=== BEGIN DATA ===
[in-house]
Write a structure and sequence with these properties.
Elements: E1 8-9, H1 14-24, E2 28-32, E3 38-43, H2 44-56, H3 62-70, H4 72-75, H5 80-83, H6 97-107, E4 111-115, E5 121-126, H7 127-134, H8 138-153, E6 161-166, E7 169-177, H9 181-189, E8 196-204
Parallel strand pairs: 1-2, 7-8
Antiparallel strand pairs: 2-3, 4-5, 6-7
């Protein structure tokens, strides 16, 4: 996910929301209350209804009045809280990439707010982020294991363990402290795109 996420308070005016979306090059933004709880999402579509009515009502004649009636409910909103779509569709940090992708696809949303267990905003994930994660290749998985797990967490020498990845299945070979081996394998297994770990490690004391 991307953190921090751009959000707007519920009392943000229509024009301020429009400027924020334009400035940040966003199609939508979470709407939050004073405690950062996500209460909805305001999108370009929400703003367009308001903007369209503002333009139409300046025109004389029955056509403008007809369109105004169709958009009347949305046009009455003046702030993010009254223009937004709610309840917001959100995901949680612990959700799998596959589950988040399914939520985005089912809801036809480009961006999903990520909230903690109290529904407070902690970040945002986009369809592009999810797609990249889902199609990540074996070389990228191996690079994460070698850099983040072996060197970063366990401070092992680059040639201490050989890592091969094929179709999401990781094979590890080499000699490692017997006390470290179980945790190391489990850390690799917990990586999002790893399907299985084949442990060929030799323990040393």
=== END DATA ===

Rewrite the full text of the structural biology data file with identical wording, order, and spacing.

[in-house]
Write a structure and sequence with these properties.
Elements: E1 8-9, H1 14-24, E2 28-32, E3 38-43, H2 44-56, H3 62-70, H4 72-75, H5 80-83, H6 97-107, E4 111-115, E5 121-126, H7 127-134, H8 138-153, E6 161-166, E7 169-177, H9 181-189, E8 196-204
Parallel strand pairs: 1-2, 7-8
Antiparallel strand pairs: 2-3, 4-5, 6-7
């Protein structure tokens, strides 16, 4: 996910929301209350209804009045809280990439707010982020294991363990402290795109 996420308070005016979306090059933004709880999402579509009515009502004649009636409910909103779509569709940090992708696809949303267990905003994930994660290749998985797990967490020498990845299945070979081996394998297994770990490690004391 991307953190921090751009959000707007519920009392943000229509024009301020429009400027924020334009400035940040966003199609939508979470709407939050004073405690950062996500209460909805305001999108370009929400703003367009308001903007369209503002333009139409300046025109004389029955056509403008007809369109105004169709958009009347949305046009009455003046702030993010009254223009937004709610309840917001959100995901949680612990959700799998596959589950988040399914939520985005089912809801036809480009961006999903990520909230903690109290529904407070902690970040945002986009369809592009999810797609990249889902199609990540074996070389990228191996690079994460070698850099983040072996060197970063366990401070092992680059040639201490050989890592091969094929179709999401990781094979590890080499000699490692017997006390470290179980945790190391489990850390690799917990990586999002790893399907299985084949442990060929030799323990040393």